Horm Metab Res 2009; 41(3): 255-259
DOI: 10.1055/s-0028-1087190
Humans, Clinical

© Georg Thieme Verlag KG Stuttgart · New York

Plasma Levels of Sex Hormone-binding Globulin, Corticosteroid-binding Globulin and Cortisol in Overweight Subjects who Develop Impaired Fasting Glucose: A 3-Year Prospective Study

J. G. Lewis 1 , B. I. Shand 2 , C. M. Frampton 3 , P. A. Elder 1 , R. S. Scott 2
  • 1Steroid and Immunobiochemistry Laboratory, Canterbury Health Laboratories, Christchurch, New Zealand
  • 2Lipid and Diabetes Research Group, Christchurch Hospital, Christchurch, New Zealand
  • 3Department of Medicine, Christchurch Hospital, Christchurch, New Zealand
Weitere Informationen


received 16.06.2008

accepted 26.08.2008

23. Oktober 2008 (online)


Circulating sex hormone-binding globulin (SHBG), corticosteroid-binding globulin (CBG), and total and calculated free cortisol were measured in 206 overweight subjects to investigate whether or not they were markers of insulin resistance. Measurements were carried out on two occasions 36 months apart and subjects were grouped according to fasting plasma glucose. Fifty-one subjects, with a normal basal fasting glucose (<5.6 mmol/l) developed impaired fasting glucose 3 years later (≥5.6 mmol/l). Analysis either in toto or based on gender showed a highly significant increase in fasting insulin and insulin resistance, a modest increase in body mass index (BMI), but importantly no change in plasma SHBG, CBG, or cortisol concentrations. Subjects (n=101) with a normal fasting glucose both at baseline (<5.6 mmol/l) and at 36 months showed no significant change in fasting insulin, insulin resistance, SHBG, CBG, cortisol, or BMI. Cross-sectional analysis of the study population showed that plasma SHBG correlated negatively with insulin resistance both in men and women. Overall SHBG at baseline was not predictive of changes in fasting glucose. In females, plasma CBG correlated negatively with BMI. The major finding is that overweight subjects who developed impaired fasting glucose showed no significant change in plasma SHBG, CBG or cortisol, and therefore these indices are probably not early markers of insulin resistance in overweight subjects.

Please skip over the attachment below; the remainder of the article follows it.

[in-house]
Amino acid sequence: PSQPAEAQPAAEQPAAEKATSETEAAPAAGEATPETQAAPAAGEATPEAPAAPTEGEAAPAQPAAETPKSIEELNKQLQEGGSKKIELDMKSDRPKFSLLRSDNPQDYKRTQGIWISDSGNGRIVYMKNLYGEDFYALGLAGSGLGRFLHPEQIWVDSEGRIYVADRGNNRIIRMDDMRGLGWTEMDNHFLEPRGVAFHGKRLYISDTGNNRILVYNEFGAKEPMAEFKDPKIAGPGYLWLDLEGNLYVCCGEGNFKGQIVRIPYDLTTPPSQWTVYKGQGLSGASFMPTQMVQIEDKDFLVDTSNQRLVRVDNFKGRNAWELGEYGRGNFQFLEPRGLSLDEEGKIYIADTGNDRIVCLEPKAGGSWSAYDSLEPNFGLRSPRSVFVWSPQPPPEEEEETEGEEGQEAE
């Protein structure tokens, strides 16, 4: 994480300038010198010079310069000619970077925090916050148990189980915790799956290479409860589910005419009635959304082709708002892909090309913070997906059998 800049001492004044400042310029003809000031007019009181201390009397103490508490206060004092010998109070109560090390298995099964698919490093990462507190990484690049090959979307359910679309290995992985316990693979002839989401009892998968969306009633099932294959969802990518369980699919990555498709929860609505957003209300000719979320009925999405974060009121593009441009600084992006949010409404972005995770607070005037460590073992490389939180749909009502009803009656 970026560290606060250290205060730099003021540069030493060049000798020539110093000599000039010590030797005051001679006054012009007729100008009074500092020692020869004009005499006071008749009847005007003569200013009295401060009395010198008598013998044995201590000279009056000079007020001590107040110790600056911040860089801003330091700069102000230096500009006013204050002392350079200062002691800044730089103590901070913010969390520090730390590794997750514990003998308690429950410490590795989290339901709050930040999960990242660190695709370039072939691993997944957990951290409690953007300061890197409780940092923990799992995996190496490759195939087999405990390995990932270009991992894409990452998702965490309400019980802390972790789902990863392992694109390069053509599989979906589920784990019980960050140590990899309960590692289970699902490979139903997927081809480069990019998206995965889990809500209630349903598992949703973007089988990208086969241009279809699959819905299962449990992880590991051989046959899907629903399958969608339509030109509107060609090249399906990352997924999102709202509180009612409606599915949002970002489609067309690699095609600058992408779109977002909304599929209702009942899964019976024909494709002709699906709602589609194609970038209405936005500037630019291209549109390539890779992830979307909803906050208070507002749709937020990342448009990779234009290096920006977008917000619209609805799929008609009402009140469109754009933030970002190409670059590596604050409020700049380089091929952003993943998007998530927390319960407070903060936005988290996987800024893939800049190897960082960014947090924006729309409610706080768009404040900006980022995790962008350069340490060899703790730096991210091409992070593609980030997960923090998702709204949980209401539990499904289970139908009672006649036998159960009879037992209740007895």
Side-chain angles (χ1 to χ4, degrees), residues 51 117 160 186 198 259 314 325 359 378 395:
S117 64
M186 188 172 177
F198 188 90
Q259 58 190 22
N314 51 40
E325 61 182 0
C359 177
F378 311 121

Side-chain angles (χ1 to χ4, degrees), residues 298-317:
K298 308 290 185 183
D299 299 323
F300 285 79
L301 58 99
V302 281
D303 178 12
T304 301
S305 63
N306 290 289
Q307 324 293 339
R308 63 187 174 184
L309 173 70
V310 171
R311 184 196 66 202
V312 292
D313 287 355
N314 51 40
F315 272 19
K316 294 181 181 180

Dr. J. G. Lewis

Steroid and Immunobiochemistry Laboratory

Canterbury Health Laboratories

P.O. Box 151


New Zealand

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